Although our MA in Career and Technical Education is not a degree in any specific program area such as Business, Technology, Family & Consumer, etc. all Florida school districts we have had participants from recognize it for pay purposes. We have been requested, however, to send documentation to a few districts to clarify how the assignments, products, etc. participants create in the courses focus specifically on their program area so that the degree can be considered “in field”.
If you stay on schedule, you will graduate in mid August of your second year. If you miss a course (or courses) and have to pick it up later, you can graduate in December or May.
No, but you will be assembling a comprehensive portfolio near the end of the program documenting your work.
No, but we do require participants to complete a substantive “Practicum” project during their last semester that serves as a means of consolidating and integrating many of the course concepts and applying them to their local setting.
Yes, during one summer semester participants make formal workplace visits to identify new and emerging competencies today’s (and tomorrow’s) workers need so these can be woven into the participant’s instructional program. If you have access to a “Teachers in Industry” program, that can satisfy this requirement.
We have a small percentage of participants who are not Career and Technical Education instructors who have found it productive to use a particular Career and Technical Education program they are familiar with or one that they have supervisory responsibility for as the context for completing course assignments and products when there is a focus on implementation in a classroom or lab setting.
Our program is approved as a distance learning program through the Southern Regional Education Board Academic Common Market. Participants within the SREB region can apply through their state to participate in our program for Florida in-state tuition if a comparable online degree program is not available in their own state.
Although it is a “juggling act” to keep all these balls in the air, previous participants have demonstrated that it is doable. The key advantage of online learning is that it gives you great flexibility in when you complete the activities required for each course. You won’t have a lot of spare time during the two years you’re in the program but it will go by a lot more quickly than you can imagine!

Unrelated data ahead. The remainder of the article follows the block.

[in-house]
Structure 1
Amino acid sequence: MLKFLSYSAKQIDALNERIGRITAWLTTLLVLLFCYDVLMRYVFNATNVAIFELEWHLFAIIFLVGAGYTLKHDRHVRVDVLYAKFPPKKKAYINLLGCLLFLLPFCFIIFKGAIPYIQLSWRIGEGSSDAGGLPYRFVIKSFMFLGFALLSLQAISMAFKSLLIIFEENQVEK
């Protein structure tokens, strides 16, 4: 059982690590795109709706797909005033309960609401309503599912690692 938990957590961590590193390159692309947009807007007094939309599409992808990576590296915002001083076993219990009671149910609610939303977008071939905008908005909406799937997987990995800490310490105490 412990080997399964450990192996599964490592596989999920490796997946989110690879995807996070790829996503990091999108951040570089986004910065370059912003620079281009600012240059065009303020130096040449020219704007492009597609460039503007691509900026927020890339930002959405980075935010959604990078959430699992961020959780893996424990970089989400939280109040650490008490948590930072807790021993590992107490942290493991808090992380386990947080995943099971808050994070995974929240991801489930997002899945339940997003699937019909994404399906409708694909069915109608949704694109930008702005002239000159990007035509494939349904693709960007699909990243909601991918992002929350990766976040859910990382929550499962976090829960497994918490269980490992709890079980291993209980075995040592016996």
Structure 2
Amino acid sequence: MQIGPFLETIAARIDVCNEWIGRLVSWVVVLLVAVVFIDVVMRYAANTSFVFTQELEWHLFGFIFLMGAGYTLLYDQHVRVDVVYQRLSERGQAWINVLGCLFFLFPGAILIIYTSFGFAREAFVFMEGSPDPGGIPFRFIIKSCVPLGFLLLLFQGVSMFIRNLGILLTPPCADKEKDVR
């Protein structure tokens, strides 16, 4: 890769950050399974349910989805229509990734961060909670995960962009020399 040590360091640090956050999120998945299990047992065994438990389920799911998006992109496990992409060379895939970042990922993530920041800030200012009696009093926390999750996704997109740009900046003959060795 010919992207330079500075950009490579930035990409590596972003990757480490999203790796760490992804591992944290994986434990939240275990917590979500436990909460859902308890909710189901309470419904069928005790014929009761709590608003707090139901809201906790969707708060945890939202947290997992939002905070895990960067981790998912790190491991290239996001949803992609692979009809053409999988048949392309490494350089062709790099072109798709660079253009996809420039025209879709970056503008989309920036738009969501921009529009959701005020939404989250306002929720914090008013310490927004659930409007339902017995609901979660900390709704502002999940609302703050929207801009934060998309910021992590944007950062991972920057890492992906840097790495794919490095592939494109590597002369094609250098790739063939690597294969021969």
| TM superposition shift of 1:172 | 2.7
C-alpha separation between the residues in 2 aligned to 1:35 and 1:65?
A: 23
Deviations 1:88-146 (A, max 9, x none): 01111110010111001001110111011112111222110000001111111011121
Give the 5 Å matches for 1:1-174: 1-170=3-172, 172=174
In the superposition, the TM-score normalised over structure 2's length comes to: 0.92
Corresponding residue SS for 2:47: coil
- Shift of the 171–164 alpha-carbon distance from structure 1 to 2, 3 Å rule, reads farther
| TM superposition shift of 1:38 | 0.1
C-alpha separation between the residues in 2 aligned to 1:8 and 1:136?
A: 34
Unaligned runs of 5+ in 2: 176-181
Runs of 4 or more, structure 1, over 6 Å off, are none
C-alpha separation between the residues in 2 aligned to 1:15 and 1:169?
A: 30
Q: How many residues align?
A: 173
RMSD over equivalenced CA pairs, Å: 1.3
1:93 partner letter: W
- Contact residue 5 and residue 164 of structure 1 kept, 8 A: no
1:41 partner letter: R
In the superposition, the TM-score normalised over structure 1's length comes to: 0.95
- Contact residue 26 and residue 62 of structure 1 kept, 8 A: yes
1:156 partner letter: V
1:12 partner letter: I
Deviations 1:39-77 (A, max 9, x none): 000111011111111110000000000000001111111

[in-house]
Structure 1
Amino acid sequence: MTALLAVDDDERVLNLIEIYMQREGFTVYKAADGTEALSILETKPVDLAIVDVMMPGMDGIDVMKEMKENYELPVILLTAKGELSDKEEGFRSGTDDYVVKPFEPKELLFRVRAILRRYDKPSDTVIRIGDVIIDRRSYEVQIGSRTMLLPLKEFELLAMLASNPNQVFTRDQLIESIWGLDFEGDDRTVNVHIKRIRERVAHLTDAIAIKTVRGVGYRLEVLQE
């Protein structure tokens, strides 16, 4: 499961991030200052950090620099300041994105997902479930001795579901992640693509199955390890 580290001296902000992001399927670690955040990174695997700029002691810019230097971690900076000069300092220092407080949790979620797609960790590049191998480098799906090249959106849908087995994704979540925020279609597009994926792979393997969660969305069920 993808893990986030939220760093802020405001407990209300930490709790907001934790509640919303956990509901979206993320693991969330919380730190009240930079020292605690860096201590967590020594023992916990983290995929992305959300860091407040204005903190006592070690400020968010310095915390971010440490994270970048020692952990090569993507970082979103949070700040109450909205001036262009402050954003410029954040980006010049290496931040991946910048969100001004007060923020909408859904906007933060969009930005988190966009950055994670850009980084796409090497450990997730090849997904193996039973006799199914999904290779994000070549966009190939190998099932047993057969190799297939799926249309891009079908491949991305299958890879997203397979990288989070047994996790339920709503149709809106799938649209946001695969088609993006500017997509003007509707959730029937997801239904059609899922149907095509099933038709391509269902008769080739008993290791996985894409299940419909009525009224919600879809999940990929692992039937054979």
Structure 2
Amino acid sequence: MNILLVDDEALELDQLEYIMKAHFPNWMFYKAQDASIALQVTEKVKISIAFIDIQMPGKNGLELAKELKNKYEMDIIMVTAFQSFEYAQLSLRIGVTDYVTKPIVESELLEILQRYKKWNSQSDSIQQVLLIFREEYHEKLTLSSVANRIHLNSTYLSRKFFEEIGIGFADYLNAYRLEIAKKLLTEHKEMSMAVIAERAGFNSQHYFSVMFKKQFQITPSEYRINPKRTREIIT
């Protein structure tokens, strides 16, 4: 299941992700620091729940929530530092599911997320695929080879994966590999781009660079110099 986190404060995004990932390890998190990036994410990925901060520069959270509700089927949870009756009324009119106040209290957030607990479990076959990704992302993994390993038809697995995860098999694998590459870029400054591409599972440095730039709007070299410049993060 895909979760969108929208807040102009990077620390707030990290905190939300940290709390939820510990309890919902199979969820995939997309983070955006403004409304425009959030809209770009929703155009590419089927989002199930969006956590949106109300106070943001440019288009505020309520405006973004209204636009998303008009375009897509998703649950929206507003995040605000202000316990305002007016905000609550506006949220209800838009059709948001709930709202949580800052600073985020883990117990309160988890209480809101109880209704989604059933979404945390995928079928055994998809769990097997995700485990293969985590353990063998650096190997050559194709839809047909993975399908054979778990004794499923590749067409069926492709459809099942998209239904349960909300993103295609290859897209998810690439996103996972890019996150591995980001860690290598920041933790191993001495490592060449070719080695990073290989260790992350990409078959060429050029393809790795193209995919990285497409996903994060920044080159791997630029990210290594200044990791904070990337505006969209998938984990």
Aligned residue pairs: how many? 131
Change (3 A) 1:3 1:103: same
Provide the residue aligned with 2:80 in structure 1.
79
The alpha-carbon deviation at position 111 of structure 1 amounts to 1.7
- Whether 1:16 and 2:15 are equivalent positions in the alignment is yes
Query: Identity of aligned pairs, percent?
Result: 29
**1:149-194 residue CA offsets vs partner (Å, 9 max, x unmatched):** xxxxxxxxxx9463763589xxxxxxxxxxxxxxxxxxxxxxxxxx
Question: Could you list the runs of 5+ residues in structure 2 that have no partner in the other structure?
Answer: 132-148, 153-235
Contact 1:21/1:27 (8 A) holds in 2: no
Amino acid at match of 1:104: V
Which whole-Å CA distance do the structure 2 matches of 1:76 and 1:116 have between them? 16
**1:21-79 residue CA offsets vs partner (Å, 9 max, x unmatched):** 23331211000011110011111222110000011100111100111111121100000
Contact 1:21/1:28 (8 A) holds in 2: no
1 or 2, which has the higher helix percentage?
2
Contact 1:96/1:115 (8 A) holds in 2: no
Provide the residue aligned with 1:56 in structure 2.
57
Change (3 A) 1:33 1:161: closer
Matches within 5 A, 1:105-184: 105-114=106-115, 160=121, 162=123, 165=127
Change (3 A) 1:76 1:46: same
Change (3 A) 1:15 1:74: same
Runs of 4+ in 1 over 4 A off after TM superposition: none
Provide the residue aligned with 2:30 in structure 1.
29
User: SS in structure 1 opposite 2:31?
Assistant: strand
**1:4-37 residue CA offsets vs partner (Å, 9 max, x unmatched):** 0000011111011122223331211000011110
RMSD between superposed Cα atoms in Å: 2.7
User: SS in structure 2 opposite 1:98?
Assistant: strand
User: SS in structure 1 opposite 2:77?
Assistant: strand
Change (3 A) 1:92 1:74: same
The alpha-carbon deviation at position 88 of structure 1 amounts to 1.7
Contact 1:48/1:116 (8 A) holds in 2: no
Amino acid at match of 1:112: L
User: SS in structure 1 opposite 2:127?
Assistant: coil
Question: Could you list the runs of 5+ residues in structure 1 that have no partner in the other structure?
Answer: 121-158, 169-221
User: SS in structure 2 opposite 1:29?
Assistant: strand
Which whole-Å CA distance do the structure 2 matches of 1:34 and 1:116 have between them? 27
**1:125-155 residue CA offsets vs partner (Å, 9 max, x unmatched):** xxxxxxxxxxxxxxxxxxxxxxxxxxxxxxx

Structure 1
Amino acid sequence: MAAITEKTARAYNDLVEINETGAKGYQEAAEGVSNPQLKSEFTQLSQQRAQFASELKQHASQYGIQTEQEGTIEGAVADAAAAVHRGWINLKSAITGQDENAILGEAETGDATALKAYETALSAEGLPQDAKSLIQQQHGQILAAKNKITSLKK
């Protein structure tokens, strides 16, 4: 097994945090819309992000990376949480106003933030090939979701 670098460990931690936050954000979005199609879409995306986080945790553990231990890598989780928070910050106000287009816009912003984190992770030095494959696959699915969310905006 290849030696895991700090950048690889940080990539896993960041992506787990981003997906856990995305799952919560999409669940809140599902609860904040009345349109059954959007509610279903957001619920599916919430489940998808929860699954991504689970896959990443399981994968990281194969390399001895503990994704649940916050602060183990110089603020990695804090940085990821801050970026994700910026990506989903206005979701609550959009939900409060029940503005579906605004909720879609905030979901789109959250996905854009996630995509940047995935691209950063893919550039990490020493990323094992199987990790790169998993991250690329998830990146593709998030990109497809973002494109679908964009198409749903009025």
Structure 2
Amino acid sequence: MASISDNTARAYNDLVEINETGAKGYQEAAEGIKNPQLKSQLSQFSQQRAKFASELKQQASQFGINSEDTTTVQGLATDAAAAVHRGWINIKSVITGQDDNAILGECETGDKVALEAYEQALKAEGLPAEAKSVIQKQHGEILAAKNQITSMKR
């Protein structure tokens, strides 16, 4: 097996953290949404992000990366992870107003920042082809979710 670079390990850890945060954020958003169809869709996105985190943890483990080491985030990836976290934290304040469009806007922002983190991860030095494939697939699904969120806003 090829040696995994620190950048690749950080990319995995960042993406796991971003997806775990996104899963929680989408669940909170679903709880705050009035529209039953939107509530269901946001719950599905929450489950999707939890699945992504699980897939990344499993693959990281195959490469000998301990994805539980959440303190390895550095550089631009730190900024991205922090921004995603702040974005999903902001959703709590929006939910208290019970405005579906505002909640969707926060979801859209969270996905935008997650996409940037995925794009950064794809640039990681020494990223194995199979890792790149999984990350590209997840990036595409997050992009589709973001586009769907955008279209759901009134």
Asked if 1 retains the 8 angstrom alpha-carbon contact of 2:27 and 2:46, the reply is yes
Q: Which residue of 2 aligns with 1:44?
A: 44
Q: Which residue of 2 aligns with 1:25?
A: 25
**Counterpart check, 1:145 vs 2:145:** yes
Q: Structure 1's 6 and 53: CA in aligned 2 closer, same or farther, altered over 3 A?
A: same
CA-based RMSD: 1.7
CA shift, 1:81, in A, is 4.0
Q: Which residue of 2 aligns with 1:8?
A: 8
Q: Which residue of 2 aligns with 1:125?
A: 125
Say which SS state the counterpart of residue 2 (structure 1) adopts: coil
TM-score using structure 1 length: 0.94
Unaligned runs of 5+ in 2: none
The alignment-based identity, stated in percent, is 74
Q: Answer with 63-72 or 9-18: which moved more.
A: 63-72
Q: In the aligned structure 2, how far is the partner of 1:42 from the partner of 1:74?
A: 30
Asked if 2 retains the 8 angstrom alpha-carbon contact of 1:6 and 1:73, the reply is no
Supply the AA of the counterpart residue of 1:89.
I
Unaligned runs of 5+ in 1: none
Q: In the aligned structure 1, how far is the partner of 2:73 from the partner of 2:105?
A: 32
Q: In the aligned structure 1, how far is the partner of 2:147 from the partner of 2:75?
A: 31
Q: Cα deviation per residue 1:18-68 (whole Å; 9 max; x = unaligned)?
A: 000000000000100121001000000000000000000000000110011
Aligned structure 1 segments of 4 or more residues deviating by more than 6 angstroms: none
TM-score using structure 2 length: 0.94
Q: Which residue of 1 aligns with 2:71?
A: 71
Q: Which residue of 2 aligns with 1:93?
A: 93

You’ll need a fairly up-to-date computer and common programs such as Word and Power Point. If you don’t own these you can purchase them at the student rate at the USF campus bookstore while you’re on campus for orientation. High speed internet service is highly recommended due to fairly large file sizes and media downloads you’ll be using. The money you’ll save in not buying a parking permit and not driving to and from class will offset this cost. When you log on to the USF online course website there is a test you can run to insure that your internet browser is fully compatible.
In the College of Education we have three types of MA programs, two of which we offer
in the Career and Technical Education program. Plan I is for those who have a degree
or have achieved teacher certification related to Career and Technical Education;
Plan III is for those who do not have a degree or certification related to Career
and Technical Education.
Essentially, the only difference in the two degree programs is that Plan III must have two “foundations” courses and a research course, whereas the Plan I only requires one foundations and a research course. Foundations courses are those in Psychological or Sociological foundations that address concepts cutting across most disciplines and grade levels. We have an online course within the department, “Improving Career and Technical Education Programs” that counts as the research course for both plans. A social foundations course is offered by the College of Education online for our MA students which serves as the one required foundations course for Plan I and one of the two for Plan III. The remaining foundations course for Plan III can be one of many including an online course in career development.